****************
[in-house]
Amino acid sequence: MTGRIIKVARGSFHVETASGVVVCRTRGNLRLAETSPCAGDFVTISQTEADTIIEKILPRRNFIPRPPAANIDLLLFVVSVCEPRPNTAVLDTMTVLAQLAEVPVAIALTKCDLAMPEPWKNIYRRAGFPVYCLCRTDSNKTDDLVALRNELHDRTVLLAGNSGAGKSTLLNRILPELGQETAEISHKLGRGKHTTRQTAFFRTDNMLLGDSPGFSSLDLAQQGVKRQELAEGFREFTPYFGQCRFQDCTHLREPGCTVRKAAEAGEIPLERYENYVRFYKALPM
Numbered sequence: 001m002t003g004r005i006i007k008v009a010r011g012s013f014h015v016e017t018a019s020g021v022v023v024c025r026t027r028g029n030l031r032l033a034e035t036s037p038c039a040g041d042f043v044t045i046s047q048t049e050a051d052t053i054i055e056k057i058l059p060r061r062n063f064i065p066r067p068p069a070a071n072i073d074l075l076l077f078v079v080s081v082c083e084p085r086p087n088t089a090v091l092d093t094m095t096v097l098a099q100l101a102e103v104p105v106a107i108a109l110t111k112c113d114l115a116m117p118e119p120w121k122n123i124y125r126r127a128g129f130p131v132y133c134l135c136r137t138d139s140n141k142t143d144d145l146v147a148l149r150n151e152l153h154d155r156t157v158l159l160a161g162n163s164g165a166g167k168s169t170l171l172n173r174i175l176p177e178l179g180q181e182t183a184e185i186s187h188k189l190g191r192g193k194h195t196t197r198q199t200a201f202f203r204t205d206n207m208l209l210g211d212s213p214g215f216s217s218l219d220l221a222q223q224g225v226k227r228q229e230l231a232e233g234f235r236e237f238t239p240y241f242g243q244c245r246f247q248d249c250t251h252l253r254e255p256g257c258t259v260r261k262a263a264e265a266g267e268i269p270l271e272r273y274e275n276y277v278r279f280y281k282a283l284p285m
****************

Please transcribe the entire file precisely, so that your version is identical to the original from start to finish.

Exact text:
[in-house]
Amino acid sequence: MTGRIIKVARGSFHVETASGVVVCRTRGNLRLAETSPCAGDFVTISQTEADTIIEKILPRRNFIPRPPAANIDLLLFVVSVCEPRPNTAVLDTMTVLAQLAEVPVAIALTKCDLAMPEPWKNIYRRAGFPVYCLCRTDSNKTDDLVALRNELHDRTVLLAGNSGAGKSTLLNRILPELGQETAEISHKLGRGKHTTRQTAFFRTDNMLLGDSPGFSSLDLAQQGVKRQELAEGFREFTPYFGQCRFQDCTHLREPGCTVRKAAEAGEIPLERYENYVRFYKALPM
Numbered sequence: 001m002t003g004r005i006i007k008v009a010r011g012s013f014h015v016e017t018a019s020g021v022v023v024c025r026t027r028g029n030l031r032l033a034e035t036s037p038c039a040g041d042f043v044t045i046s047q048t049e050a051d052t053i054i055e056k057i058l059p060r061r062n063f064i065p066r067p068p069a070a071n072i073d074l075l076l077f078v079v080s081v082c083e084p085r086p087n088t089a090v091l092d093t094m095t096v097l098a099q100l101a102e103v104p105v106a107i108a109l110t111k112c113d114l115a116m117p118e119p120w121k122n123i124y125r126r127a128g129f130p131v132y133c134l135c136r137t138d139s140n141k142t143d144d145l146v147a148l149r150n151e152l153h154d155r156t157v158l159l160a161g162n163s164g165a166g167k168s169t170l171l172n173r174i175l176p177e178l179g180q181e182t183a184e185i186s187h188k189l190g191r192g193k194h195t196t197r198q199t200a201f202f203r204t205d206n207m208l209l210g211d212s213p214g215f216s217s218l219d220l221a222q223q224g225v226k227r228q229e230l231a232e233g234f235r236e237f238t239p240y241f242g243q244c245r246f247q248d249c250t251h252l253r254e255p256g257c258t259v260r261k262a263a264e265a266g267e268i269p270l271e272r273y274e275n276y277v278r279f280y281k282a283l284p285m